Subject:
Energy consumption  Joules to Kilo Watts
Category: Science > Physics Asked by: domrepga List Price: $5.00 
Posted:
14 Oct 2004 08:43 PDT
Expires: 13 Nov 2004 07:43 PST Question ID: 414788 
If I have a value of 220 mega joules per guest night consumption of a hotel room, how many kilo watts per guest night would that equel? 

Subject:
Re: Energy consumption  Joules to Kilo Watts
Answered By: tar_heel_vga on 14 Oct 2004 09:02 PDT 
domrep... 1 megajoule is equivlant to 0.277777778 kilowatt hours, therefore, 220 megajoules per guestnight would be 61.11111111111 kilowatt hours. A kilowatt hour is one kilowatt of power being used over a period of one hour. So, you would be using 61 kilowatts per hour, per guest, per night. Thanks for your question. If you need any additional clarification, please let me know. Regards, THV Search Strategy: convert kilowatt hours to kilowatt convert megajoules to kilowatt References: Mark Horrell  Energy Unit Converter http://www.markhorrell.com/tools/energy.asp Kilowatthour http://www.factindex.com/k/ki/kilowatt_hour.html  
 
 
 


Subject:
Re: Energy consumption  Joules to Kilo Watts
From: hfshawga on 14 Oct 2004 11:44 PDT 
Watts (W) and kilowatts (KW) are units that describe the consumption *rate* of energy, while KWhrs (or Joules, or BTU's) describe the *amount* of energy consumed. Your request for an answer in terms of KW/guest night (or, as you seem to want, KW/hr) therefore doesn't make much sense. Perhaps if you described why you want this information, someone could help you better. Consider an analogy in terms of water use. KW would be equivalent to gallons of water per minute, while KWhr is equivalent to gallons. Why would you want to know gallons of water used per minute per hour? Most comparisons of the energy efficiency of hotels are done in terms of either energy use per square foot (i.e., KWhr/(sq. ft.)) or per occupant (KWhr/personnight). You can see how the energy useage of your building (not limited to just hotels) at http://poet.lbl.gov/arch/. Comparisons are done for properties in the same general geographical area (via zip code), so a building in Juneau doesn't get compared to one in San Diego! 
Subject:
Re: Energy consumption  Joules to Kilo Watts
From: racecarga on 14 Oct 2004 12:04 PDT 
Tar_heel: you did the calculation right, but your interpretation is wrong. You are correct that 220 mJ is 61 kWh. But it is NOT true that this means 61 kilowatts per hour. If guests use 220 mJ per night, then they use 61 kWh per night. There are various ways they could do this; here are a couple examples: they could use 61 kW for one hour (but not 61 kW per hour all nightthat would be more than 61 kWh), or they could use 1 kW for 61 hours (if there were 61 hours in a night). domrep I have no idea what the standard is for hours per guest night. But if it's 8 hours, then the energy consumption rate per guest is 7.6 kilowatts. If it's 6 hours, then the rate is 10.2 kilowatts. 
Subject:
Re: Energy consumption  Joules to Kilo Watts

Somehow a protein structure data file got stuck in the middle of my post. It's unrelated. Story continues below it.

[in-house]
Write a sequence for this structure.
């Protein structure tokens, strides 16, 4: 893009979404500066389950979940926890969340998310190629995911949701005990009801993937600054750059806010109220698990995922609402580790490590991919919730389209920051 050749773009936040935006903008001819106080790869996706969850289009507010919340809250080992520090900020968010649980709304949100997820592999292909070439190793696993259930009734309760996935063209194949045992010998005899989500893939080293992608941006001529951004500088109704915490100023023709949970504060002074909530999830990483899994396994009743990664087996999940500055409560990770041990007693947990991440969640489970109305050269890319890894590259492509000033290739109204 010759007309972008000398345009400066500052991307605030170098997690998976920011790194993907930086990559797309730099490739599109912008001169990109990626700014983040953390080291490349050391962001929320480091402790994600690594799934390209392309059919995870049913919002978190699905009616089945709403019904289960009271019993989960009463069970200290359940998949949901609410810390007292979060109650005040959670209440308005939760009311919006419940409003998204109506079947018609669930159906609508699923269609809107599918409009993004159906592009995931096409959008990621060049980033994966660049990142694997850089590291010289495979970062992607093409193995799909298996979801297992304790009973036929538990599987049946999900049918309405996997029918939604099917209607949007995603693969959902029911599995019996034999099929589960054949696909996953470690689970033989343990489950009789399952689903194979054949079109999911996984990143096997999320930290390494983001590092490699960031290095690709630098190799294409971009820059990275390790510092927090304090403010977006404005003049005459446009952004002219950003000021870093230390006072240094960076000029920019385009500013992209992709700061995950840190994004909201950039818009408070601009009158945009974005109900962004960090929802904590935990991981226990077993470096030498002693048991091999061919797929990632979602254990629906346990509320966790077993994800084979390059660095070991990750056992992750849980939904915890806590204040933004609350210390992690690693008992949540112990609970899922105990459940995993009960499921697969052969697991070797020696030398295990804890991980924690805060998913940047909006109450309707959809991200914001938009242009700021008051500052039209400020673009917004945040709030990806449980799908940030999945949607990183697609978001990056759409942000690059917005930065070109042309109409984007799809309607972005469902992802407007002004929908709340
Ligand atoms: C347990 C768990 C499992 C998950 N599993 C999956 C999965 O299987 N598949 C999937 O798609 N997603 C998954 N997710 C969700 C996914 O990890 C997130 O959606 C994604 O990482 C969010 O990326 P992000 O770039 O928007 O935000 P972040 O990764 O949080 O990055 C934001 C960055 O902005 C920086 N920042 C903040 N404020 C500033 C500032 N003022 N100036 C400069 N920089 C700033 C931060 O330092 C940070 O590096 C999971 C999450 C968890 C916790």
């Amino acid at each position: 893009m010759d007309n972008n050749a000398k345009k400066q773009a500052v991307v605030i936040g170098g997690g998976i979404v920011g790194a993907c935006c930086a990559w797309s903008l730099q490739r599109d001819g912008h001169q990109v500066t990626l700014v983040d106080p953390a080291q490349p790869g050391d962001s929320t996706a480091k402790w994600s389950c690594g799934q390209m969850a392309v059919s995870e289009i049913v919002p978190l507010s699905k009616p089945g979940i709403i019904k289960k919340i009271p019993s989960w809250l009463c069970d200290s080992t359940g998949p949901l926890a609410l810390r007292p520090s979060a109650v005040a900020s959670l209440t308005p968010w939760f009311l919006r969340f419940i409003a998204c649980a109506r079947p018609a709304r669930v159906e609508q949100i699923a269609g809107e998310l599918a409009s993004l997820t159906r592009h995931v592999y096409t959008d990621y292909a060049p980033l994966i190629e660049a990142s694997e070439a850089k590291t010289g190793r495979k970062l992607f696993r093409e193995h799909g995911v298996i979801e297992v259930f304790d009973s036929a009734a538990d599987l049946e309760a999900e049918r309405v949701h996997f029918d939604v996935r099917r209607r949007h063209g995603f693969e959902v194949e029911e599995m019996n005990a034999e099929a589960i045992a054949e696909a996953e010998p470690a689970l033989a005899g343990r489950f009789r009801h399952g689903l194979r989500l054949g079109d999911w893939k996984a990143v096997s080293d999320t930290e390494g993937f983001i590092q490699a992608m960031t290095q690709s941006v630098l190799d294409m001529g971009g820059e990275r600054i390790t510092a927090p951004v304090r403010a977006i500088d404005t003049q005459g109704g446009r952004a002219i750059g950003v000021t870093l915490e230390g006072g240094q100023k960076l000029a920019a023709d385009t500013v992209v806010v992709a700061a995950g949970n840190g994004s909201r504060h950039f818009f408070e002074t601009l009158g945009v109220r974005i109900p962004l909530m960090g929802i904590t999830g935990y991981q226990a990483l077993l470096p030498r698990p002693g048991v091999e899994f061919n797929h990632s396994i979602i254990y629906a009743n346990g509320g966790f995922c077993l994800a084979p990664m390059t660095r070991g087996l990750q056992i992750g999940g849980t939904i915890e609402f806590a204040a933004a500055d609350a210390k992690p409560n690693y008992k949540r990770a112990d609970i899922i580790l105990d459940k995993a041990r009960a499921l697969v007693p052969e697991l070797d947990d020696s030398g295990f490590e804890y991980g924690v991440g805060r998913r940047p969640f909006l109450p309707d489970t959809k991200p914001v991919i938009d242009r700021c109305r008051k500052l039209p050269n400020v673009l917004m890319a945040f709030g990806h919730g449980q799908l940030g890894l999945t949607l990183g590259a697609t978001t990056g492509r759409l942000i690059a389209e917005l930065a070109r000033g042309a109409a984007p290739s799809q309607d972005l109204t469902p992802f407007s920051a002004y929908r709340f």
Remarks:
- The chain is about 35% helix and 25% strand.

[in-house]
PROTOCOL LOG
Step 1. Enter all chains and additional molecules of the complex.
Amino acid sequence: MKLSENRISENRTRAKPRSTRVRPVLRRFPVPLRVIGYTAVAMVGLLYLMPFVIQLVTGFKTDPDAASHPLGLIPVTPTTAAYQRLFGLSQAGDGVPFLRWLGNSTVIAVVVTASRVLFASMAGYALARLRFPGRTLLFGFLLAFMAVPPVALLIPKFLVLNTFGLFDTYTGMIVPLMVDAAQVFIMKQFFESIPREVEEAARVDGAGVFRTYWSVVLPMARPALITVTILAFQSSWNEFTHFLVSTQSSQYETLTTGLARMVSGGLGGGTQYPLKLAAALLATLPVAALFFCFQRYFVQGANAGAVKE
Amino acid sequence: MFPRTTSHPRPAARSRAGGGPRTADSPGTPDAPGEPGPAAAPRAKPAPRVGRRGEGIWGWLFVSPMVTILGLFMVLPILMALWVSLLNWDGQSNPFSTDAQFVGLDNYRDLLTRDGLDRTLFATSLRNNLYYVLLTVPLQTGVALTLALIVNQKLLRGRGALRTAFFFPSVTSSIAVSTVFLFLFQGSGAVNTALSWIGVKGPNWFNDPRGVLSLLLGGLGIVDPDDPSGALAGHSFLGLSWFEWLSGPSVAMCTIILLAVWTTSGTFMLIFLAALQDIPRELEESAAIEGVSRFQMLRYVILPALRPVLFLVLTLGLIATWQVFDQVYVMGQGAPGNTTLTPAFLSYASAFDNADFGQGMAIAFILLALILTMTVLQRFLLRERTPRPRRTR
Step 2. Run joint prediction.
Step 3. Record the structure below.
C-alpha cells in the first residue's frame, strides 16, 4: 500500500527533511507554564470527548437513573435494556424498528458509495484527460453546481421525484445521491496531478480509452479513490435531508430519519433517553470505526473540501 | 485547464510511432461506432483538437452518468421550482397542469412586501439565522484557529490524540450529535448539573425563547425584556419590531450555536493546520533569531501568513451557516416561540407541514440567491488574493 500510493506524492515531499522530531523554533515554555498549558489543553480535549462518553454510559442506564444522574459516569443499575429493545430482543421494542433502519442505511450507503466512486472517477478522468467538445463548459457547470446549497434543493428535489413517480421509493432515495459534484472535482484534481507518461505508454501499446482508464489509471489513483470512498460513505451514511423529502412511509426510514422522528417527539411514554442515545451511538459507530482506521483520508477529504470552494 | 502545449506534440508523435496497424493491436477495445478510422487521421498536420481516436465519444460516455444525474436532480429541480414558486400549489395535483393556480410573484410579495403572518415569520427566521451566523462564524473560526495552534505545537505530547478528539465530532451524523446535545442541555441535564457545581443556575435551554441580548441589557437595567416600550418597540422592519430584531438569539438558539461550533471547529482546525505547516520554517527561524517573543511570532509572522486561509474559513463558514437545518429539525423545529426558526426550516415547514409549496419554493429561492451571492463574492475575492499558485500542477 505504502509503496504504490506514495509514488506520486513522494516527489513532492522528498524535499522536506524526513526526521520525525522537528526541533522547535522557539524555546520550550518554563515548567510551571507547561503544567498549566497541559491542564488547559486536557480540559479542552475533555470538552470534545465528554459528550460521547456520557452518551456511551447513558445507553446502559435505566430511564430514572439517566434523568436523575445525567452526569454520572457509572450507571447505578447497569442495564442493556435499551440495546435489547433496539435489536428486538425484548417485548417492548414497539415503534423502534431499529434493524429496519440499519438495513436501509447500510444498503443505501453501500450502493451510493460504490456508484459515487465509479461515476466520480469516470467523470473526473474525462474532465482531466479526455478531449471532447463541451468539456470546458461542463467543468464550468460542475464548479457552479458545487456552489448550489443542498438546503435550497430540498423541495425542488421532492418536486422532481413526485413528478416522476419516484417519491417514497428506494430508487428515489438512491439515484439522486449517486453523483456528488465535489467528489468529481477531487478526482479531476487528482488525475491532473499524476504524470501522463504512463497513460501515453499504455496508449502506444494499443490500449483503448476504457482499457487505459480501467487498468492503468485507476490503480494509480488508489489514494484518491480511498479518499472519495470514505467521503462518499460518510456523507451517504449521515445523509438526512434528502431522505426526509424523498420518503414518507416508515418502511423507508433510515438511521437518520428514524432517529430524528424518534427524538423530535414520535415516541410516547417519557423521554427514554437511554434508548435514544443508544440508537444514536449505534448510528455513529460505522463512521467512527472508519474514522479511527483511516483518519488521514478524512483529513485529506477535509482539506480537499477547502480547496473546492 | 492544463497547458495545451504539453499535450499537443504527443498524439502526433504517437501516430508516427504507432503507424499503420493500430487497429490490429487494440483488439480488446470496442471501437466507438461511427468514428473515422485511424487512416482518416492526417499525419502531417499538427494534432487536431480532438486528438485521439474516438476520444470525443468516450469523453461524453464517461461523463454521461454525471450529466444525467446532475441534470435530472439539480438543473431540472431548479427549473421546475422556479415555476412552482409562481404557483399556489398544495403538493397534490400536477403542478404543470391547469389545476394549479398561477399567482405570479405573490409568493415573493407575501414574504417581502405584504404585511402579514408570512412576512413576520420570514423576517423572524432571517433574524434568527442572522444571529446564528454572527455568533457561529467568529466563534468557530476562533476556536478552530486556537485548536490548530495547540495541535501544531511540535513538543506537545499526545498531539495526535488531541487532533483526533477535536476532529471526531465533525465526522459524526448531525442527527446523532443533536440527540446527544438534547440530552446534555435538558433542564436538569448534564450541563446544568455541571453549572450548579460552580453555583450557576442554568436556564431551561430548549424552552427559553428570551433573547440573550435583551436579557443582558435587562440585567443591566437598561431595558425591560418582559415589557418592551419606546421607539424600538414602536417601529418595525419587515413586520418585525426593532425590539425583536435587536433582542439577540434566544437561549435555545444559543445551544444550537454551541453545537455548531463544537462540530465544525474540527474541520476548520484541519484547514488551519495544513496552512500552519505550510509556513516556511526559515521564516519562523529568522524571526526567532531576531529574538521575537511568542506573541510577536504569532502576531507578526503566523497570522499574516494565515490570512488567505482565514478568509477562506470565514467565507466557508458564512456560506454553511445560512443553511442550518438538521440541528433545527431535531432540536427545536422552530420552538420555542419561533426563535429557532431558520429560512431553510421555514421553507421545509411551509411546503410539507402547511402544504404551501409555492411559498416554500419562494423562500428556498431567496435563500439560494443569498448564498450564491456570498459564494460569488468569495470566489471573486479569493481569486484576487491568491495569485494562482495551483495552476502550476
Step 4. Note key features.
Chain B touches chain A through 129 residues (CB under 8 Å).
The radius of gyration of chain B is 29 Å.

From: hfshawga on 14 Oct 2004 13:57 PDT 
Let be be somewhat inflamatory and say that when trying to understand the energy efficiency of a hotel operation, the actual number of hours that constitute a "guest night" is irrelevant. The energy per guest night figure is simply telling you how much energy it takes to support one guest that ties up a room for an entire 24 hour period. The way a number like 220MJ/guestnight is normally calculated is by taking the total energy useage of a property over a given period of time, and dividing that number by the total number of "stays" in the hotel during that period of time (one person staying for one day = one personnight). The total energy used includes a "fixed" amount that does not depend on the occupancy rate (i.e., the energy used to light and heat common areas, light the signs and grounds, run the reception, power the pool, etc.), and an amount that depends on the number of guests present (washing dirty towels and sheets, hot water useage, room lighting, HVAC energy if not a central system, vacuuming rooms that have been occupied, etc.) 
Subject:
Re: Energy consumption  Joules to Kilo Watts
From: tar_heel_vga on 14 Oct 2004 14:00 PDT 
racecar.. You are completely correct in your comment. In reviewing my answer, I realize I mistype 61kW per hour when it should have been 61kWh per night. Thank you. THV 
Subject:
Re: Energy consumption  Joules to Kilo Watts
From: hedgiega on 14 Oct 2004 20:20 PDT 
Besides that, beside racecars comment, 'guest night' has two meanings. In UK it means night you can bring guests, in hotel industry it has to do with occupancy (number of guest nights per year). My guess is that asker, when saying " What we are looking for is the kilo watt per guest night, not kilo watt hour " exhibits the usual confusion between power and energy. There is an average consumption per night (occupied room) and that, of course is measured in in kWh or Joules, not in kW. Even if we would know 'how many hours' guest stays (awake?) the average rate of energy consumption would be fairly meanigless number. It can be defined, but I doubt there is a standard like that. 
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